CENSOCA group organized in face of potential TPS eliminations
On Nov. 15, about 30 students held a rally on campus to show solidarity for beneficiaries of Temporary Protected Status. TPS currently provides temporary protection for immigrants from El Salvador, Haiti, Honduras, Nicaragua, Somalia, South Sudan, Sudan, Syria, Nepal and Yemen.
According to a recent CNN report, TPS currently grants “temporary work authorizations and protection from deportation to immigrants, including otherwise undocumented ones, from certain countries where life remains dangerous.” While the name of TPS implies that the program is temporary, financial and social unrest in the recognized countries has remained tumultuous, resulting in thousands of individuals remaining in America for the last few decades.
On Nov. 6, the acting secretary of the Department of Homeland Security, Elaine Duke, announced the decision to “terminate the Temporary Protected Status (TPS) designation for Nicaragua.” In the next six months, the Trump administration will be forced to decide whether to continue TPS for the 440,000 people in the U.S. currently benefiting from the program, or to eliminate it.
Most recently, on Nov. 20, Duke announced new plans “to terminate the Temporary Protected Status (TPS) designation for Haiti.” According to The Washington Post, 60,000 Haitians live in the U.S. with TPS.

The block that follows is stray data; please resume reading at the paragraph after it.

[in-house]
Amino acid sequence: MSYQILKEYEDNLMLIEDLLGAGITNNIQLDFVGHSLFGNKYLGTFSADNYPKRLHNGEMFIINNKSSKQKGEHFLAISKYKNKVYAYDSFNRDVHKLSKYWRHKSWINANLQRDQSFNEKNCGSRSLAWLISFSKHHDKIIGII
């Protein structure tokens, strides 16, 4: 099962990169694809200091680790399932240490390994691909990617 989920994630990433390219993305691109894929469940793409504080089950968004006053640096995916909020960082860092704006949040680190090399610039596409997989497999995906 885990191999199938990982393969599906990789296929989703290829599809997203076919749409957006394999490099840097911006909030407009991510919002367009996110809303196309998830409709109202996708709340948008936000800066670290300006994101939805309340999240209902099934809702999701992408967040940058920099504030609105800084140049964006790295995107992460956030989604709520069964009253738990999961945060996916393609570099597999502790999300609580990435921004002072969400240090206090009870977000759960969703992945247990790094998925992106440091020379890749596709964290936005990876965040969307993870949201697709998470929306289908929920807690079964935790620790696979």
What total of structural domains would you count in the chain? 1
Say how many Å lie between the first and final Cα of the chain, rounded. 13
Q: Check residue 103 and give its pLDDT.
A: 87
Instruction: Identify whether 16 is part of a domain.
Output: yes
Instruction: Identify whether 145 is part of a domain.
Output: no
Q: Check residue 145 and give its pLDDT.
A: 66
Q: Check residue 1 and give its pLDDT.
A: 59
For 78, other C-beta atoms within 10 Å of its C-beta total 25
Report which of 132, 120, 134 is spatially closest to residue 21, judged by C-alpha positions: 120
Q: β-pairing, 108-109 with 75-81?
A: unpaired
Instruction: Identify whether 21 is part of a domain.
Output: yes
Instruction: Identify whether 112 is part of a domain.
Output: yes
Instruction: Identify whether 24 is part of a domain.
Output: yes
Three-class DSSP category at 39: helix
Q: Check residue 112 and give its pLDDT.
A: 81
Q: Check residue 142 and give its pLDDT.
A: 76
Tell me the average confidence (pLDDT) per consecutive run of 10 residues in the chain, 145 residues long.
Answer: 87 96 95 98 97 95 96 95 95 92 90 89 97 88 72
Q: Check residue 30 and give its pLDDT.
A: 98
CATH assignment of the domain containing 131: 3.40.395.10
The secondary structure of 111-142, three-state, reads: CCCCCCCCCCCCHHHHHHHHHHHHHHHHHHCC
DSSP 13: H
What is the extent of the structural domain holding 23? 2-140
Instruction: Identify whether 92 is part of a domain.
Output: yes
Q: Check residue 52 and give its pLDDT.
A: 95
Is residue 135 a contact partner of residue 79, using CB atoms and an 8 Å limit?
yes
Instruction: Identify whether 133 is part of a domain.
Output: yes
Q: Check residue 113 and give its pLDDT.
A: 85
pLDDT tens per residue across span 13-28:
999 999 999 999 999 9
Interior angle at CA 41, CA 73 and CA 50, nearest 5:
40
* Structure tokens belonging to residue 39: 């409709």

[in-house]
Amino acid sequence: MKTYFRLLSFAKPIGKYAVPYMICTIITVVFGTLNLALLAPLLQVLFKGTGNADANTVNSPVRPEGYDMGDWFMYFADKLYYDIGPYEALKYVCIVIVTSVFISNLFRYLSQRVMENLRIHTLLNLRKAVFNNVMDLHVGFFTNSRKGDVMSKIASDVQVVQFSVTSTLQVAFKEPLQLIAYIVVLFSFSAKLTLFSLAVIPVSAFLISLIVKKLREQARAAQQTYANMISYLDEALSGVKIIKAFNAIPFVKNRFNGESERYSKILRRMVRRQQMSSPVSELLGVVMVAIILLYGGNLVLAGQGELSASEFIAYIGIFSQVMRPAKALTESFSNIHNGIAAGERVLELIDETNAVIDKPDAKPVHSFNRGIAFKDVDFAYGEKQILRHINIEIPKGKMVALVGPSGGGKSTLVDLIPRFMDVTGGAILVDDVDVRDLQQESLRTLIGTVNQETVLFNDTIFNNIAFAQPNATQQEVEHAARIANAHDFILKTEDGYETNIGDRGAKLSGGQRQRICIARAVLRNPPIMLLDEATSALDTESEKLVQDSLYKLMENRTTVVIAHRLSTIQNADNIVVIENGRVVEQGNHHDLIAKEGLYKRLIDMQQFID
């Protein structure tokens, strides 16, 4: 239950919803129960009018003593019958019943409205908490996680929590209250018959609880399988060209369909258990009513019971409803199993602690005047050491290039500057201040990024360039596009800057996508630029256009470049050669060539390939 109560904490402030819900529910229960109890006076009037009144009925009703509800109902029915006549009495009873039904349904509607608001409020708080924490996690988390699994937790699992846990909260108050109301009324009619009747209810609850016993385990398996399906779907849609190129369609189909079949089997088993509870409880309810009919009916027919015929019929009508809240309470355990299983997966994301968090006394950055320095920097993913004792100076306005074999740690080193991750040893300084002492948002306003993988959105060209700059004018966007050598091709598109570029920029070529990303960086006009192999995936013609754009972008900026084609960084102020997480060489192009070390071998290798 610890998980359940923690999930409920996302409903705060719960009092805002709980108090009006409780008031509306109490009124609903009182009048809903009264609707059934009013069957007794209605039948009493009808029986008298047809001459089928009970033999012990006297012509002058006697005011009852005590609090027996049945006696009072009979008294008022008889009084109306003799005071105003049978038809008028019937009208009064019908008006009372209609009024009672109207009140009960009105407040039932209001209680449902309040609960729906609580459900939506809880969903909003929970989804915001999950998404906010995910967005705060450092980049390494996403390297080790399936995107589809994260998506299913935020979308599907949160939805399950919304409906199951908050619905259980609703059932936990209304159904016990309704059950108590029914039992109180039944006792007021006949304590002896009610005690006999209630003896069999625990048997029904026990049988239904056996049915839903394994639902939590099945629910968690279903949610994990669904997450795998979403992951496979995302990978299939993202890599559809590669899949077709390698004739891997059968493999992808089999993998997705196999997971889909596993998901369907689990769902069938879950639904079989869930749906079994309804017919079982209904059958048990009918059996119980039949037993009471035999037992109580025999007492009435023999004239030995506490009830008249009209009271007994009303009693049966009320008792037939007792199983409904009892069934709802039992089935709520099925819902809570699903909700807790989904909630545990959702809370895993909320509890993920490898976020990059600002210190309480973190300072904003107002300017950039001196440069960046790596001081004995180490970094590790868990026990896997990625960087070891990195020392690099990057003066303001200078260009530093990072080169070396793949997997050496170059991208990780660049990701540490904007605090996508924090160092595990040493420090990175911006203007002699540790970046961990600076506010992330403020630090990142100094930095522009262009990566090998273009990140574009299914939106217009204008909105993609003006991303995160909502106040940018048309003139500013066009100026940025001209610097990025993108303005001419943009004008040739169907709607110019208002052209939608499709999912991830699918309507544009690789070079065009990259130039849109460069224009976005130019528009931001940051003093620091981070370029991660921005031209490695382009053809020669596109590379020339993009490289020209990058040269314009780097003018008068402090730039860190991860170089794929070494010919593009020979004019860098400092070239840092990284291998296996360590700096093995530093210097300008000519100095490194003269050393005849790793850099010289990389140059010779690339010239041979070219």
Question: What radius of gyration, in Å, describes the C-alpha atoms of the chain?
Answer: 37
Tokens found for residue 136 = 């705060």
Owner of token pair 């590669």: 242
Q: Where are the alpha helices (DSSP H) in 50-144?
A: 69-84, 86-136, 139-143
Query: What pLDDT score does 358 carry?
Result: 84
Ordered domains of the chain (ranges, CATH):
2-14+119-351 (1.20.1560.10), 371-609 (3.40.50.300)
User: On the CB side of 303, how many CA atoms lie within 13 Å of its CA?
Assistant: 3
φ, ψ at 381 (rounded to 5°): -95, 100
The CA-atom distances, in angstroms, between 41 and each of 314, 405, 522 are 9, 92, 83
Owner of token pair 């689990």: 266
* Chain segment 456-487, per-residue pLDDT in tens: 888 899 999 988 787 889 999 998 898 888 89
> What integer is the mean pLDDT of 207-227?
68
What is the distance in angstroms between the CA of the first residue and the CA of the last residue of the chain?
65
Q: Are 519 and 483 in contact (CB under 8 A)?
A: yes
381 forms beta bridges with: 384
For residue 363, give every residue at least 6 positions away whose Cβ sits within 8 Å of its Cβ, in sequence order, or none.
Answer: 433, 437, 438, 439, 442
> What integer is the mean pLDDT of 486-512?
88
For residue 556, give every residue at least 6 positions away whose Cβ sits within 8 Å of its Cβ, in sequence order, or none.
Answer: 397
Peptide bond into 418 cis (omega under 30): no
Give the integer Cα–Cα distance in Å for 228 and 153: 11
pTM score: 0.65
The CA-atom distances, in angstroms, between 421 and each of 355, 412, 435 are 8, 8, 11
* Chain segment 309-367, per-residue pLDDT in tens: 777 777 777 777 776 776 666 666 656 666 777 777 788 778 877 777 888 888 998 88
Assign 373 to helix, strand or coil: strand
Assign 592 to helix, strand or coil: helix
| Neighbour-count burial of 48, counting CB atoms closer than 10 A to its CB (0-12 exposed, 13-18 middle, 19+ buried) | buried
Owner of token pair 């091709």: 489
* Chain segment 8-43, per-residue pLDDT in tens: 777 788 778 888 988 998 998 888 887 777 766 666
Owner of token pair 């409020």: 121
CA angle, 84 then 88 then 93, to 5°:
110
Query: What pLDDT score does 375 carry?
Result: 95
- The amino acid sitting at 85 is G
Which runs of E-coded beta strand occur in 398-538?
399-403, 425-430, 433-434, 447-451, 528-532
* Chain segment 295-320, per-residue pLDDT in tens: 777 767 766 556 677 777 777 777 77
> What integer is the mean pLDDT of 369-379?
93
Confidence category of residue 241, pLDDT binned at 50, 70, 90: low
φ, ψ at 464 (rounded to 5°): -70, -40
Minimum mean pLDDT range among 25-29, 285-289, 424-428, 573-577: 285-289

On Nov. 14, the day before the rally, the Central/South American and Caribbean Student Alliance (CENSOCA) and the Afro-Latinx/Chicanx Club created “posters to bring visibility and fight for #TPS,” according to an event Facebook page.
Carmen Paola Palao is a third-year sociology major and the co-founder of CENSOCA. Paola Palao helped organize the event in collaboration with other on campus organizations.
“The event was very empowering,” Paola Palao said. “It allowed us to bring visibility to issues that are affecting our families and community.”
Paola Palao encouraged students to reach out and learn more about TPS.
“Many families are here because of civil wars, natural disasters and other extreme circumstances in their home countries,” Paola Palao said. “Many of them don’t have a home to go back to and now they’re being told they have to leave.”
Written By: Ally Russell — email@example.com